Not that I'm sure where the true insight lies, but there are several possibilities. None of them are legal. Some of them are political, but the more interesting are psychological, so that's where I'm going to start. (Though I'm going to write "firmly", that doesn't mean I have any proof that would stand up in court, or even that I am as convinced as my words might sound.)

This so-called lawsuit is a desperate maneuver by terrified men. They are perpetual cowards who right now are most terrified that they will lose their death grip on the House of so-called Representatives.

They have good reason to anticipate that outcome because they are clinging to power by tiny legalistic threads. They also know that they are violating their own oaths to "support and defend" the Constitution. The Founders' clear intention, clearly expressed in the Constitution, was for the House of Representatives to be the MOST representative and responsive and directly responsible part of the federal government, but today's so-called Republicans are merely using it as a kangaroo court for partisan politics.

If the House actually represented the voters, a 13% approval rating should mean that almost all of them would be thrown out at the next election--which is precisely why the entire House faces election every two years. They are terrified that the contagion of Trump's disastrous campaign could have that disastrous outcome this November, even though the so-called Republicans have become experts at winning while losing.

With approval ratings around 20% in the last few elections, how have the incumbents survived? By rigging the voting process so that the House of so-called Representatives is dominated by an actual minority of the actual voters.

That minority-wins effect is mostly the effect of gerrymandering. They concentrate and effectively waste many of the Democratic Party votes, while distributing their own votes in safe majorities with little waste. In other words, by partisan redistricting, they select their own voters before the voters have a chance to select them. Though the GOP gets fewer votes, they still wind up controlling much more than 50% of the resulting anti-representative House.

On top of that, insofar as their selective disenfranchisement is accurately targeted at "hostile" wannabe voters, the reality is even worse. The GOP is now dangling over the abyss. If they lose their grip on the reins of political power for a moment, they would be totally crushed. They are terrified of a flood of new and hostile voters, they are more terrified of honest redistricting, but they are MOST terrified that the Democratic Party will abuse political power in exactly the ways that they have.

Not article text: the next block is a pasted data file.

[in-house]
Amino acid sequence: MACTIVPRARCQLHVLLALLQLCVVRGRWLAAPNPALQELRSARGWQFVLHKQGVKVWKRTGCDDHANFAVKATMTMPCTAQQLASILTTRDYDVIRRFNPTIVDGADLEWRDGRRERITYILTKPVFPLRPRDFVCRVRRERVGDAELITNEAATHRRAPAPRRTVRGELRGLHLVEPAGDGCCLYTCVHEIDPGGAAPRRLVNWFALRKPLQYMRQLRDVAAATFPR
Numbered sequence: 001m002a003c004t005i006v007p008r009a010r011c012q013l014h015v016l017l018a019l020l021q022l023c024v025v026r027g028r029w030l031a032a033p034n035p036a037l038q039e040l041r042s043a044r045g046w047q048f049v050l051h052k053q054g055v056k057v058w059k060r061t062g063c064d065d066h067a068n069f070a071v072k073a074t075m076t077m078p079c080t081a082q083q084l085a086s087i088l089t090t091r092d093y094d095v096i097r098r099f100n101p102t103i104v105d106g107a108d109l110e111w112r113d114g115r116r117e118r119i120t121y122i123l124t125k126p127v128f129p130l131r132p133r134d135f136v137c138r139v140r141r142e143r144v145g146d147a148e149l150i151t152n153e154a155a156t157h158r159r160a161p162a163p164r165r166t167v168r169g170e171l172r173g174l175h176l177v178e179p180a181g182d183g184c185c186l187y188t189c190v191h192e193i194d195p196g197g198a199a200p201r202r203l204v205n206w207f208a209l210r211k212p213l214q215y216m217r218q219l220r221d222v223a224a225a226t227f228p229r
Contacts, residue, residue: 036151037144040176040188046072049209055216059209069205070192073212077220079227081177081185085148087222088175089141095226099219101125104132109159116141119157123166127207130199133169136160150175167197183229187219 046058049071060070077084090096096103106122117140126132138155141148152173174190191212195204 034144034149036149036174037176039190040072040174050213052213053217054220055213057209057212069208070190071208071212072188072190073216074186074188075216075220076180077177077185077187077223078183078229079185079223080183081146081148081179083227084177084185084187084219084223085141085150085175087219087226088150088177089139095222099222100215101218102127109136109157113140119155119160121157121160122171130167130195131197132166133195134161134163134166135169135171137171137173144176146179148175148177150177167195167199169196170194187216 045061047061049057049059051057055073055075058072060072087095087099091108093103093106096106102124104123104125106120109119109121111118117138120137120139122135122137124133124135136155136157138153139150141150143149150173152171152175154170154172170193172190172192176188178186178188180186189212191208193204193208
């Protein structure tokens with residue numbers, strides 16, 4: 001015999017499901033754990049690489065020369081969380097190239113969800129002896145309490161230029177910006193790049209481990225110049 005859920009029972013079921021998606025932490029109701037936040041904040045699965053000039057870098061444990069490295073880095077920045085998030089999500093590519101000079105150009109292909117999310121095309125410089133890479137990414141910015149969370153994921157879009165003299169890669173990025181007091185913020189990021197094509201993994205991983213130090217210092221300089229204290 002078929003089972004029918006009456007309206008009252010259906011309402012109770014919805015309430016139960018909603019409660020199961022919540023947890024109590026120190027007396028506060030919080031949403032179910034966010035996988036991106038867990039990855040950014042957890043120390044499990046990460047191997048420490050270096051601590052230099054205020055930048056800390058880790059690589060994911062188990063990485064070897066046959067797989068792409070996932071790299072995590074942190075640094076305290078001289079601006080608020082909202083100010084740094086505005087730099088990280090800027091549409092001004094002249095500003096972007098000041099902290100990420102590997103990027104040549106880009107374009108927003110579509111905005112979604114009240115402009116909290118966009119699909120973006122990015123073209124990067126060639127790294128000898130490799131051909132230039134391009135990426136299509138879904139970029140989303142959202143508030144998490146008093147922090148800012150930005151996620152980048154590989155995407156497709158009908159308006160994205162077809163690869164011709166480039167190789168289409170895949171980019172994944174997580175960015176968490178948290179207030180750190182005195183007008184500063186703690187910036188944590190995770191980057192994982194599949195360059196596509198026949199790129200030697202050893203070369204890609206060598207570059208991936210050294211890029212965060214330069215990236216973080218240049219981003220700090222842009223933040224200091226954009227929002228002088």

From watching the Democrats in action (and mostly in inaction), I think the GOP's ultimate fears are projections and even delusional. Even when they have power, the Democrats can't figure out what to do with it and they've never sustained any focus. The Democrats just squabble among themselves (which is the main weakness of Hillary's campaign, by the way). The so-called Republicans can't afford to squabble. Like Lenin's Bolsheviks, strong party discipline is crucial when you actually represent a minor lunatic fringe.

Which brings us back to the Donald of Trump and the real terror underlying this feeble lawsuit. If Trump loses and drags many of the down-ballot Republicans down with him, it would be a total disaster for them. Think of the children and the Republican Congressman dragged away from the government teat and forced to actually work for their daily bread.

Oh wait. For a moment I forgot that they are just a bunch of rich lawyers. No real danger of actual work.

Moot to me. My own vote was neutered and negated four times over. Congratulations to the dictators of Texas. Though I was born there, I now regard myself as a stateless American of the "No Vote for You" Party.

User Journal

Journal Journal: Web privacy idea 2

Proxy Command.

Step 1: Missile Command, but as a web proxy. Every outgoing connection = 1 incoming missile, labeled with the hostname. The proxy holds onto the connection until the missile hits the city at the bottom. Shoot down the rocket to prevent the connection to tracker.facebook.com or whatever. Speed would be adjustable.

Step 2: add auto-targeting by hostname, so you don't have to click on tracker.facebook.com over and over.

Step 3: whitelist hostnames to avoid having to wait for the connection.

???

Step 5: browse the internet and watch the fireworks display